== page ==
Gordon — the only winless driver remaining in the Chase — had an average finish of 16.03 over the regular season. He has an average finish of 9.0 in the first six races of the Chase. Can he do well enough to make it among the four vying for the championship at Homestead?

Martinsville is his best track, statistically, on the circuit with an average finish of 6.9 and eight career victories. He finished top-10 at all three of these tracks earlier this year. He also believes the mile-and-a-half tracks left on the schedule suit him better than the ones in the most recent round.

“Up to this point, we’re definitely the underdog,” Gordon said.

Going from good to great?

Carl Edwards and Kurt Busch have two wins apiece. Brad Keselowski and Martin Truex Jr. have one.

They all have run well enough to make it to this round. But can they really go any further?

If Keselowski can repeat what he did at these tracks earlier this year, he’ll advance. His average finish of 4.3 at the Eliminator tracks earlier this year is second only to Harvick.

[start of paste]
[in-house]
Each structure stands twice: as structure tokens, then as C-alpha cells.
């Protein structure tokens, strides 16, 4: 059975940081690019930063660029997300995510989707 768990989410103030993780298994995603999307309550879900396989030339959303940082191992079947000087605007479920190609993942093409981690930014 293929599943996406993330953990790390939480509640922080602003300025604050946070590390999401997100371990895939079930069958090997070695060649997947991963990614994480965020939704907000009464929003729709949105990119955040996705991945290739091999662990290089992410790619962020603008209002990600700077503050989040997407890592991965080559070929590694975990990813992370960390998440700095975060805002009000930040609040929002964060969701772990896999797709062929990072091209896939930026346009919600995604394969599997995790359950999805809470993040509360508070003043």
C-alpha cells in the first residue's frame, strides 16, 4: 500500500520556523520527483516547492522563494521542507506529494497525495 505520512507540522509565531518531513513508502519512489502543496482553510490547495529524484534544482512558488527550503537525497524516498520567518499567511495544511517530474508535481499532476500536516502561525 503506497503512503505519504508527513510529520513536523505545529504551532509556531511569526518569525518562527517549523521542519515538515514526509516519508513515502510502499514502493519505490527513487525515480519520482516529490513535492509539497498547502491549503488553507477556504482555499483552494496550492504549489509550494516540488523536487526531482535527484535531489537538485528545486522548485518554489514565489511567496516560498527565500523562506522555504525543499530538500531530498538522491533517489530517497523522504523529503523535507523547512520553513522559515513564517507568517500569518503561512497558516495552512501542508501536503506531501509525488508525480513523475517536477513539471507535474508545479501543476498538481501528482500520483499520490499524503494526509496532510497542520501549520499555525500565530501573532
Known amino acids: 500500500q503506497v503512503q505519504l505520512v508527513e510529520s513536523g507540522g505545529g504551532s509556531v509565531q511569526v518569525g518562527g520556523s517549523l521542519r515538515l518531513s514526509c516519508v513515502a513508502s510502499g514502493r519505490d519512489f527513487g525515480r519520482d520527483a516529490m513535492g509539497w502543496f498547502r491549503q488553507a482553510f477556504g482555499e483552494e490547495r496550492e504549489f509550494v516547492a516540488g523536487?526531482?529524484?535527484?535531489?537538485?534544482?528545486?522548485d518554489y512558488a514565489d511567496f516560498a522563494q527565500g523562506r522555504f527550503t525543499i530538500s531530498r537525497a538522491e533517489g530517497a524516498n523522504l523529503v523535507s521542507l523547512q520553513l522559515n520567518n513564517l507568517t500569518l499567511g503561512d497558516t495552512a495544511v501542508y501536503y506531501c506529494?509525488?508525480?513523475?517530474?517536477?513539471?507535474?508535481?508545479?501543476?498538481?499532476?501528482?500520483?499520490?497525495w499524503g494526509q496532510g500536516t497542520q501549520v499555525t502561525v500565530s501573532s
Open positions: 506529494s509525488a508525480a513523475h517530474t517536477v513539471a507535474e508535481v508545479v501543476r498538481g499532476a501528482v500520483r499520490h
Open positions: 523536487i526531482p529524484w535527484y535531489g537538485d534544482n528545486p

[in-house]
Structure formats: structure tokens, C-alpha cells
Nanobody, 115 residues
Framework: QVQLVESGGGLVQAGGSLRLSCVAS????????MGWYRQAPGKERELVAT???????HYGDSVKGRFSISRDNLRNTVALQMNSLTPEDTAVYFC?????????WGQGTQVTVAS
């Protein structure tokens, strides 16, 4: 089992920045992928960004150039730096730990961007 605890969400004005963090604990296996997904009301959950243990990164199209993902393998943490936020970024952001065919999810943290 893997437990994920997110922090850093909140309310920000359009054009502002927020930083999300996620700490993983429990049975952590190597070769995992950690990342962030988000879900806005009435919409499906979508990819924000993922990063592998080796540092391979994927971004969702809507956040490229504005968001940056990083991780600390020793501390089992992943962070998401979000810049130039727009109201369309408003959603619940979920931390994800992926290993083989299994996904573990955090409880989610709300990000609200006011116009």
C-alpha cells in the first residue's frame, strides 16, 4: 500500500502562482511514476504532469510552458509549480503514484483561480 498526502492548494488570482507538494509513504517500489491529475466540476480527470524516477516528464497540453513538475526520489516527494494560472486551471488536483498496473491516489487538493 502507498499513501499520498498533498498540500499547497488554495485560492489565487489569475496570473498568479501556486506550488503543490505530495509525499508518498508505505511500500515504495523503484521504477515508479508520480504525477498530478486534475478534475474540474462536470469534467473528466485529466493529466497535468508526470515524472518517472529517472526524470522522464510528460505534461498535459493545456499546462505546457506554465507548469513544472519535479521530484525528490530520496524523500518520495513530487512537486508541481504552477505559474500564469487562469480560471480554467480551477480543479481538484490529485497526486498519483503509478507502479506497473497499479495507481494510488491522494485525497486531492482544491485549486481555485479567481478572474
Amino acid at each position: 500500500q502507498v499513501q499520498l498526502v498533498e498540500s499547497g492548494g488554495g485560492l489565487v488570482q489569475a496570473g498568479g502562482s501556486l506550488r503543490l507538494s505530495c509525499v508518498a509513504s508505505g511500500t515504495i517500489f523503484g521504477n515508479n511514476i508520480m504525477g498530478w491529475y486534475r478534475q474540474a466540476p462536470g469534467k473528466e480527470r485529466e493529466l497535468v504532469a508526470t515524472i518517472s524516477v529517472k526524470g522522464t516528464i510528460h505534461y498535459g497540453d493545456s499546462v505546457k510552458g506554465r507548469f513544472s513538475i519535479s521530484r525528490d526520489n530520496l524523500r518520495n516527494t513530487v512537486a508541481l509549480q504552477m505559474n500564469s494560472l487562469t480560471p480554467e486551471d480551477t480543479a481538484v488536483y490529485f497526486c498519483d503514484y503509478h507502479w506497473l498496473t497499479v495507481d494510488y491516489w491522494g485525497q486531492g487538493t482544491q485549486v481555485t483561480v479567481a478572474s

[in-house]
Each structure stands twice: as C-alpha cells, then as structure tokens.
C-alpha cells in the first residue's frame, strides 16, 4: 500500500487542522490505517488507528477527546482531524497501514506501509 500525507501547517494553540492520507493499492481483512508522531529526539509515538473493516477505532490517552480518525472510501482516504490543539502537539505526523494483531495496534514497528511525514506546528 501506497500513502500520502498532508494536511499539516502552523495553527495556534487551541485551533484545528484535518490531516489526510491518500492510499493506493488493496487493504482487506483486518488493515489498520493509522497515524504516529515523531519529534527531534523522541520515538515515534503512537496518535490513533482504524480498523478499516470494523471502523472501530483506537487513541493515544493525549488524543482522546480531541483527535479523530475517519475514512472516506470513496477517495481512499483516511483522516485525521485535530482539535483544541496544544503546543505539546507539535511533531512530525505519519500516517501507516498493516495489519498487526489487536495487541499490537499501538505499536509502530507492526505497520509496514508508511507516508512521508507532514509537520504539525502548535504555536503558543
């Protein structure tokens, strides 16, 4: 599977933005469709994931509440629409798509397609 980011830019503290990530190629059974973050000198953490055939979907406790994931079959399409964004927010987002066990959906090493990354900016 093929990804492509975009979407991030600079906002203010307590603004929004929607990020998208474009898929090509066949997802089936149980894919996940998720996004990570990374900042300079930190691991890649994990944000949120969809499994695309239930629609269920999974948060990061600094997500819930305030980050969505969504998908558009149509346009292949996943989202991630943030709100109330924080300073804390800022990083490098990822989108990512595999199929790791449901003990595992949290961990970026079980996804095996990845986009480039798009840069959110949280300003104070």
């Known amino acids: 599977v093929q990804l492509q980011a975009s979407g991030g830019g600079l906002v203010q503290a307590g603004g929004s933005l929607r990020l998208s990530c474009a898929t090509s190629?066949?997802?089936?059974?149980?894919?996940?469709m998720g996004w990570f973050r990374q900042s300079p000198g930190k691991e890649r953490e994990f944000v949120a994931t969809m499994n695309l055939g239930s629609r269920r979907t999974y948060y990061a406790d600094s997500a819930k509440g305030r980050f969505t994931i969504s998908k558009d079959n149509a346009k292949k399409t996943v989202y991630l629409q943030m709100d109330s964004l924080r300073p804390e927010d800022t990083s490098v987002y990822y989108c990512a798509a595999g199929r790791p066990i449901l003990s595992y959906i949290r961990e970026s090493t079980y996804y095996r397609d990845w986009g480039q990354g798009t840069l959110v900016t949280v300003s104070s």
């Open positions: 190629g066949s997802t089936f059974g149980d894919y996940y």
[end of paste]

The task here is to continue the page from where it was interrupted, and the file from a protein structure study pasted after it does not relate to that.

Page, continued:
If Edwards can keep the consistency he has shown in the Chase, he’ll advance. His average finish of 6.83 in the Chase this year is second only to Logano. Edwards has shown the biggest improvement of all the drivers from where he started the year — his 13.3 average at the Eliminator Round tracks earlier this season is by far the worst among those remaining (with the exception of Kyle Busch, who didn’t run in those races).

For Kurt Busch, he needs to improve on his average finish (10th) in the Chase or win. And winning certainly is not out of the question. He has found Victory Lane at all three tracks — at Phoenix in 2005, at Texas in 2009 and at Martinsville in 2014.

Truex scored top-10 finishes at all three tracks earlier this year but no top-5s with an average finish (7.3) that puts him fourth among the remaining Chase drivers. The biggest stat for Truex is how he has shaken the summer slump. He averaged a finish of 18.7 over the past 10 races of the regular season but has an average finish of 9.5 in the Chase.